In this blog post I will share my experiences writing unit tests for ReasonReact components.

My test setup consists of bs-jest, bs-react-testing-library, bs-dom-testing-library, and future

bs-react-testing-library and bs-dom-testing-library are wrappers for React Testing Library and Dom Testing Library, which have recently become a popular method for testing React components. We will use them from Bucklescript to test our components! One advantage of this method is that your tests can leverage the same type system as your components.

Writing tests

Our component

We will be testing a simple note taking application. Users can enter text into an input element, and when they click the add icon, the note will be appended to note list below the input. Although the component is simple, it contains enough logic to make writing tests an interesting exercise.

module RD = ReactDOMRe;
module RR = ReasonReact;

let icon =
  <svg width="24" height="24" viewBox="0 0 24 24">
      d="M14 2H6c-1.1 0-1.99.9-1.99 2L4 20c0 1.1.89 2 1.99 2H18c1.1 0 2-.9 2-2V8l-6-6zm2 14h-3v3h-2v-3H8v-2h3v-3h2v3h3v2zm-3-7V3.5L18.5 9H13z"

type state = {
  notes: list(string),
  newVal: string,

type actions =
  | AddNote
  | UpdateText(string);

let addTestId = (testId, re) =>
  RR.cloneElement(re, ~props={"data-testid": testId}, [||]);

let component = ReasonReact.reducerComponent("Notes");

let make = (~initialNotes, _children) => {
  initialState: () => {notes: initialNotes, newVal: ""},
  reducer: (action, state) =>
    switch (action) {
    | AddNote =>
        notes: List.append(state.notes, [state.newVal]),
        newVal: "",
    | UpdateText(txt) => RR.Update({...state, newVal: txt})
  render: self =>
    <div style={RD.Style.make(~display="flex", ~flexDirection="column", ())}>
           placeholder="Add new note here"
           onChange={e => {
         |> addTestId("input-annotation")}
           onClick={_ => {
         |> addTestId("add-note-button")}
       |> List.mapi((idx, v) =>
            <span key={string_of_int(idx)}> {RR.string(v)} </span>
            |> addTestId("note-" ++ string_of_int(idx))
       |> Array.of_list
       |> RR.array}

Snapshot testing

Snapshot testing with bs-jest and react-dom-testing is simple using the bindings provided by bs-jest and bs-react-testing-library.

module DT = DomTestingLibrary;
module RT = ReactTestingLibrary;
open Jest;
open Expect;

/* test must be wrapped by describe from bs-jest */
test("Notes component renders successfully", () =>
    RT.render(<Notes initialNotes=["First note"] />)
    |> RT.container
    |> expect /* the last two functions are provided from bs-jest */
    |> toMatchSnapshot

Testing component functionality

First we will define a simple error handler, some dom bindings to help our tests, and a custom binding to Dom-testing-library that is needed right now due to an issue with the FireEvent.change bindings in bs-dom-testing-library.

Here we bind to the fireEvent method from the dom-testing-library module, and create a convienience method to call it. In addition, we create two bindings to access raw dom elements.

let errorHandler = err => Js.log(err);

[@bs.get] external innerText: Dom.element => string = "";
[@bs.get] external innerHTML: Dom.element => string = "";

/* Workaround for broken binding in dom-testing-libray.
   should be fixed upstream soon */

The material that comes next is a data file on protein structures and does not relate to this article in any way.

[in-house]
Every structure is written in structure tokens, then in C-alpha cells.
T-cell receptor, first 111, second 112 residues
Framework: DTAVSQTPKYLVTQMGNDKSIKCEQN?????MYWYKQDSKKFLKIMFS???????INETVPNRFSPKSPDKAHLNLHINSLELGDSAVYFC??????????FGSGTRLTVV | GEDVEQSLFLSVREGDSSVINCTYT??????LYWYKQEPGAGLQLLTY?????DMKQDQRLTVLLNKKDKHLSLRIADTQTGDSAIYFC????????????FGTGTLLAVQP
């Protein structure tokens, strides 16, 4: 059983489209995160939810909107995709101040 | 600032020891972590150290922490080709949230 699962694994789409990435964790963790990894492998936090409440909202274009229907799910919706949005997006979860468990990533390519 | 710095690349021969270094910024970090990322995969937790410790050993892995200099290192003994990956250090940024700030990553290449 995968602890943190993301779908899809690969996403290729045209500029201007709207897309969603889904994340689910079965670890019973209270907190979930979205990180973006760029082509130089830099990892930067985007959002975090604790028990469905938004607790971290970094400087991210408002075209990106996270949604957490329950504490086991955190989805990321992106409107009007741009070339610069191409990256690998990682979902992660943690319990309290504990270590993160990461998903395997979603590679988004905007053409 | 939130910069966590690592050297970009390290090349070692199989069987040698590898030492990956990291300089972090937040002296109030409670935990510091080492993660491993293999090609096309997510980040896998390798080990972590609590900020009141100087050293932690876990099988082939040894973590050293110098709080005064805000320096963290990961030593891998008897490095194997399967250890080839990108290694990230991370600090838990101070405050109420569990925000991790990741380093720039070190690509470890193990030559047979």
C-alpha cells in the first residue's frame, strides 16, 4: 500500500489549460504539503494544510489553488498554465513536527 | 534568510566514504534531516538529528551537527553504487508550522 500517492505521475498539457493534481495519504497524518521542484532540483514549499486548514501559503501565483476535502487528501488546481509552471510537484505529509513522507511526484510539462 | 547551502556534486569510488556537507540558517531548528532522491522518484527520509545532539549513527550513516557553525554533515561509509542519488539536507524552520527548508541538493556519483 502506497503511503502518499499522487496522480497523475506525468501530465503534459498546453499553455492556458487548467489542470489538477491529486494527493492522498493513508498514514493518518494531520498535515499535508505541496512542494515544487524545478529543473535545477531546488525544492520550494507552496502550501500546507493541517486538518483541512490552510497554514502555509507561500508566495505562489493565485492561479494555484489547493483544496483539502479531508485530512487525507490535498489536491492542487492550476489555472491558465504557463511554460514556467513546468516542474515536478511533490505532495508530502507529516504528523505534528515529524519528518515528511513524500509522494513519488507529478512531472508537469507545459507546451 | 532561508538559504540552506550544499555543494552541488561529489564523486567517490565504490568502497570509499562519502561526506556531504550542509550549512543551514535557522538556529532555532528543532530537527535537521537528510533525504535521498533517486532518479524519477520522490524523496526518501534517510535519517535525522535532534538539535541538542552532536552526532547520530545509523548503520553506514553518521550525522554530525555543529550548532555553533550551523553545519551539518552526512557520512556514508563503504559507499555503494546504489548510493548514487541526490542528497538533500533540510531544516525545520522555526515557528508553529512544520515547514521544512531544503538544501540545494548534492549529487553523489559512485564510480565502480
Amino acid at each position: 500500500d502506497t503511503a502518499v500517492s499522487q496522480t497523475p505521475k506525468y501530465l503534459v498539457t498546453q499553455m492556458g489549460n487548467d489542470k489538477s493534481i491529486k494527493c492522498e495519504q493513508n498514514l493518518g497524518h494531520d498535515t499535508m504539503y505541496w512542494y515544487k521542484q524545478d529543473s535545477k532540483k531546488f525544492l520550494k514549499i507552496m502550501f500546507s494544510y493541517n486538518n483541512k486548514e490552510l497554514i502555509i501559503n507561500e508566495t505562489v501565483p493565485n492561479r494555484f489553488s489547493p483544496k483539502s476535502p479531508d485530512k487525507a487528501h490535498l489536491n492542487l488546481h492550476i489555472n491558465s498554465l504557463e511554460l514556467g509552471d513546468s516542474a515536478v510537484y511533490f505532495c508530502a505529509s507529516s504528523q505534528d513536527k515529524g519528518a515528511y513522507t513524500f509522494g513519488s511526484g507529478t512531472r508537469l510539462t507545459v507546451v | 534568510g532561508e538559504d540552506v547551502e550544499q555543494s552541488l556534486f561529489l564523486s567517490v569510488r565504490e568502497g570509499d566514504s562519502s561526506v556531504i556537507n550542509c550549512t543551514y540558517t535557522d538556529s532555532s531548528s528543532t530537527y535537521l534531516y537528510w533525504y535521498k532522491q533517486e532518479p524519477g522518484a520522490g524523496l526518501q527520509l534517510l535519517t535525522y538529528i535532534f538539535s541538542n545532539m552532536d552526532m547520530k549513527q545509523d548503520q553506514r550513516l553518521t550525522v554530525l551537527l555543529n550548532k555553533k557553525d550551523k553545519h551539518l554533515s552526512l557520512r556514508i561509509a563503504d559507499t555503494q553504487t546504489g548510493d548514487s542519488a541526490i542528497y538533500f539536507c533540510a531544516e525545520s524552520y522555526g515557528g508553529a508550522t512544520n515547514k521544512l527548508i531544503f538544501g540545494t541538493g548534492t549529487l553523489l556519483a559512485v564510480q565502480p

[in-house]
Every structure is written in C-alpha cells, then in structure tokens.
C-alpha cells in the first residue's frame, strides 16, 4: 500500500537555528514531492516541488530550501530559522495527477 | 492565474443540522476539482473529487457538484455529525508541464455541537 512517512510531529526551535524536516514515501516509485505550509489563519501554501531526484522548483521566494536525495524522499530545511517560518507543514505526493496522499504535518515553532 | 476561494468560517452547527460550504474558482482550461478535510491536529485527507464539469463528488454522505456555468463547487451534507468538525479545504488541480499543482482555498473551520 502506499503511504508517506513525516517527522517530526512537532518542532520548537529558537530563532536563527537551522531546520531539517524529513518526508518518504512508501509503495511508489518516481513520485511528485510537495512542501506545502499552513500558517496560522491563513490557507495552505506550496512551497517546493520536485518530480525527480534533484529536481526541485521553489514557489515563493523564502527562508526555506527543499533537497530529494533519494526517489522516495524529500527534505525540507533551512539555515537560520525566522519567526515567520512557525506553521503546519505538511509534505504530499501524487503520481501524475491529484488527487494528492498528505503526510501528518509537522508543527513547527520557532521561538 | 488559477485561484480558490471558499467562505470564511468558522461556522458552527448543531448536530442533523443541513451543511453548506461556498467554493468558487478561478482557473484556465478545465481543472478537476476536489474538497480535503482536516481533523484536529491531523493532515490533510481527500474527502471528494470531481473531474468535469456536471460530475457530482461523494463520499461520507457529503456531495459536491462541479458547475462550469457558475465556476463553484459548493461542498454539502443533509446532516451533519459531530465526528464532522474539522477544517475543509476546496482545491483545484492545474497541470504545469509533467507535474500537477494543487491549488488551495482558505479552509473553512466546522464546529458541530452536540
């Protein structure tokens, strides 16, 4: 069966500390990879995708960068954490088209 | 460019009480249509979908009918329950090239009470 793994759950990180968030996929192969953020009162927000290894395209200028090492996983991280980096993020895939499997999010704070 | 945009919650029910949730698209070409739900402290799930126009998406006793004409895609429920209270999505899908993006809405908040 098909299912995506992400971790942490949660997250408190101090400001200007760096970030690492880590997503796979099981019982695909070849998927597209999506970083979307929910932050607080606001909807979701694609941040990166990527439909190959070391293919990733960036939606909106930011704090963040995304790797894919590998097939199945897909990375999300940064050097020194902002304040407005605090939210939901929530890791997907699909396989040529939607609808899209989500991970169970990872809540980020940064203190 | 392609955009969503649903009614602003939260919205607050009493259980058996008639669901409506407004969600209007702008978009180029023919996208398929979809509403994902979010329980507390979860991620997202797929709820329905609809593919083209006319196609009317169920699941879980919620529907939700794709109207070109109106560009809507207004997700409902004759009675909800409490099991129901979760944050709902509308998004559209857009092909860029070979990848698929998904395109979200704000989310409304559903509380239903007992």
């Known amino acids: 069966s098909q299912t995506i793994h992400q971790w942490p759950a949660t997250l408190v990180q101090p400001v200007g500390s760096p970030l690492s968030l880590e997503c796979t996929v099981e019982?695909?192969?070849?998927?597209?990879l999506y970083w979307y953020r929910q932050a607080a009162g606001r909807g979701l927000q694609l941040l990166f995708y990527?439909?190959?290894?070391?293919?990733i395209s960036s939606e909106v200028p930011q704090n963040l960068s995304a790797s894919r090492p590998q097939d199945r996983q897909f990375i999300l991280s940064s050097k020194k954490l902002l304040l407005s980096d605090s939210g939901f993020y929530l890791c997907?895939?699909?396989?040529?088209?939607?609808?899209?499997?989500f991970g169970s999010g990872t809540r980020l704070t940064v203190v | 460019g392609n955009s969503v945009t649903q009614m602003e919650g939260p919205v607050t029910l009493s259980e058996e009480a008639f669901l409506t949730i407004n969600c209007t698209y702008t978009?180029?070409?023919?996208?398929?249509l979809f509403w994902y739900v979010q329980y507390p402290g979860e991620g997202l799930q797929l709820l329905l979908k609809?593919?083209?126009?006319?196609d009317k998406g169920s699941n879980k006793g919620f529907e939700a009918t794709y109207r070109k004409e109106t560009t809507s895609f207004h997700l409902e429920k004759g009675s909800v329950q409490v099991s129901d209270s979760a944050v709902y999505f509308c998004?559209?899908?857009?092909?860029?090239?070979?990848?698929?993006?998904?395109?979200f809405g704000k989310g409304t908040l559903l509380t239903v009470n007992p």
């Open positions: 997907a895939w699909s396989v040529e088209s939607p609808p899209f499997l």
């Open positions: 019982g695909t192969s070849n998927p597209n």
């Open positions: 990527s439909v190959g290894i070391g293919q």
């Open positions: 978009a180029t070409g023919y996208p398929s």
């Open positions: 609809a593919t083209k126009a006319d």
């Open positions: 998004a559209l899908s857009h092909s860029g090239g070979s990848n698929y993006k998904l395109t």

[@bs.module "dom-testing-library"] [@bs.scope "fireEvent"]
external change: (Dom.element, Js.t({..})) => unit = "";

let changeValue = (value, domElement) =>
  change(domElement, {
                       "target": {
                         "value": value,

Testing a component’s stateful functionality is more complicated. These tests have to be asynchronous because we will be interacting with the component and waiting for changes. We will use Future to convert the javascript promises into monadic “Futures” so that we can write our tests more idiomatically.

The pattern for our tests is as follows:

  1. Render component to jsdom
  2. Fire event at element
  3. Wait for element to change (covert this promise to a Future)
  4. If futher dom actions are needed, flatMapOk* the future and start at step 2 again.
  5. Finally, get the Future’s value, and evaluate if the value matches our expectations.
  6. Call the finish callback to indicate the async test completed.

flatMapOk is a convienience method provided by Future that works on Future’s containing a Belt.Result, which is a type provided by Bucklescript for distinguishing success cases (Ok) and errors (Error)

describe("Note Functionality Test", () => {
  /* Previous snapshot test goes here */
    "When user adds a note, the new note contains the user's input", finish => {
    let tree = RT.render(<Notes initialNotes=["First note"] />);

    let container = tree |> RT.container;

    let waitForNote = () => tree |> RT.getByTestId("note-1");

    let waitForInputChange = () => tree |> RT.getByValue("New Note");

    let options =
      DT.WaitForElement.makeOptions(~container, ~timeout=2000, ());

    |> RT.getByPlaceholderText("Add new note here")
    |> changeValue("New Note");

    DT.waitForElement(~options, ~callback=waitForInputChange, ())
    ->Future.flatMapOk(_ => {
        tree |> RT.getByTestId("add-note-button") |>;

        DT.waitForElement(~callback=waitForNote, ~options, ())
        | Ok(node) =>
          node |> innerHTML |> expect |> toEqual("New Note") |> finish
        | Error(err) => {
            fail("Note not found") |> finish;

I hope this article was helpful to you as you start writing tests for your ReasonReact components. The full source code is available at